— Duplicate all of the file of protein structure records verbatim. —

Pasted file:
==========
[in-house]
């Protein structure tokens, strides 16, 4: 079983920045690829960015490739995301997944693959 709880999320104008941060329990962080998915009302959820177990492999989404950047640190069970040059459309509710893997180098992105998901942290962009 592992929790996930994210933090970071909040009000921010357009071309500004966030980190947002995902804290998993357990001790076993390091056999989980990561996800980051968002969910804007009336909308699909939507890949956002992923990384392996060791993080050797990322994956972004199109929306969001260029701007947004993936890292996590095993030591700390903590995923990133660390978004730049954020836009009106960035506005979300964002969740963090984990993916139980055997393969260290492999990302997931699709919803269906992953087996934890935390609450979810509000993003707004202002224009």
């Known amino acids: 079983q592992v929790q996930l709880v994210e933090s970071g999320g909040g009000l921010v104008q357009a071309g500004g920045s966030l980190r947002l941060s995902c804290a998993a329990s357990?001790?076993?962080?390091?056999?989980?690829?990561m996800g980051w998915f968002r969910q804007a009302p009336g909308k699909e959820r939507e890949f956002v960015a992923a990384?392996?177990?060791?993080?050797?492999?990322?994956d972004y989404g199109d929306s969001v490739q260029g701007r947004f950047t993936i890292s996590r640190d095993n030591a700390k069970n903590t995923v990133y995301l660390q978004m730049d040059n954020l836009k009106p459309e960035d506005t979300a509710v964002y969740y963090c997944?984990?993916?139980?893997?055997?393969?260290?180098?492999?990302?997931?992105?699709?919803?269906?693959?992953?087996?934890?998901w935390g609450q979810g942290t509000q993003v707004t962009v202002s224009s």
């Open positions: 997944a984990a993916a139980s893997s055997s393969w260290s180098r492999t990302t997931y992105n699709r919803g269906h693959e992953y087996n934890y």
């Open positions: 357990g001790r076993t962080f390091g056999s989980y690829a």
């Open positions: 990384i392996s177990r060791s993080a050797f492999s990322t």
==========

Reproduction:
[in-house]
């Protein structure tokens, strides 16, 4: 079983920045690829960015490739995301997944693959 709880999320104008941060329990962080998915009302959820177990492999989404950047640190069970040059459309509710893997180098992105998901942290962009 592992929790996930994210933090970071909040009000921010357009071309500004966030980190947002995902804290998993357990001790076993390091056999989980990561996800980051968002969910804007009336909308699909939507890949956002992923990384392996060791993080050797990322994956972004199109929306969001260029701007947004993936890292996590095993030591700390903590995923990133660390978004730049954020836009009106960035506005979300964002969740963090984990993916139980055997393969260290492999990302997931699709919803269906992953087996934890935390609450979810509000993003707004202002224009």
């Known amino acids: 079983q592992v929790q996930l709880v994210e933090s970071g999320g909040g009000l921010v104008q357009a071309g500004g920045s966030l980190r947002l941060s995902c804290a998993a329990s357990?001790?076993?962080?390091?056999?989980?690829?990561m996800g980051w998915f968002r969910q804007a009302p009336g909308k699909e959820r939507e890949f956002v960015a992923a990384?392996?177990?060791?993080?050797?492999?990322?994956d972004y989404g199109d929306s969001v490739q260029g701007r947004f950047t993936i890292s996590r640190d095993n030591a700390k069970n903590t995923v990133y995301l660390q978004m730049d040059n954020l836009k009106p459309e960035d506005t979300a509710v964002y969740y963090c997944?984990?993916?139980?893997?055997?393969?260290?180098?492999?990302?997931?992105?699709?919803?269906?693959?992953?087996?934890?998901w935390g609450q979810g942290t509000q993003v707004t962009v202002s224009s």
């Open positions: 997944a984990a993916a139980s893997s055997s393969w260290s180098r492999t990302t997931y992105n699709r919803g269906h693959e992953y087996n934890y």
């Open positions: 357990g001790r076993t962080f390091g056999s989980y690829a």
């Open positions: 990384i392996s177990r060791s993080a050797f492999s990322t």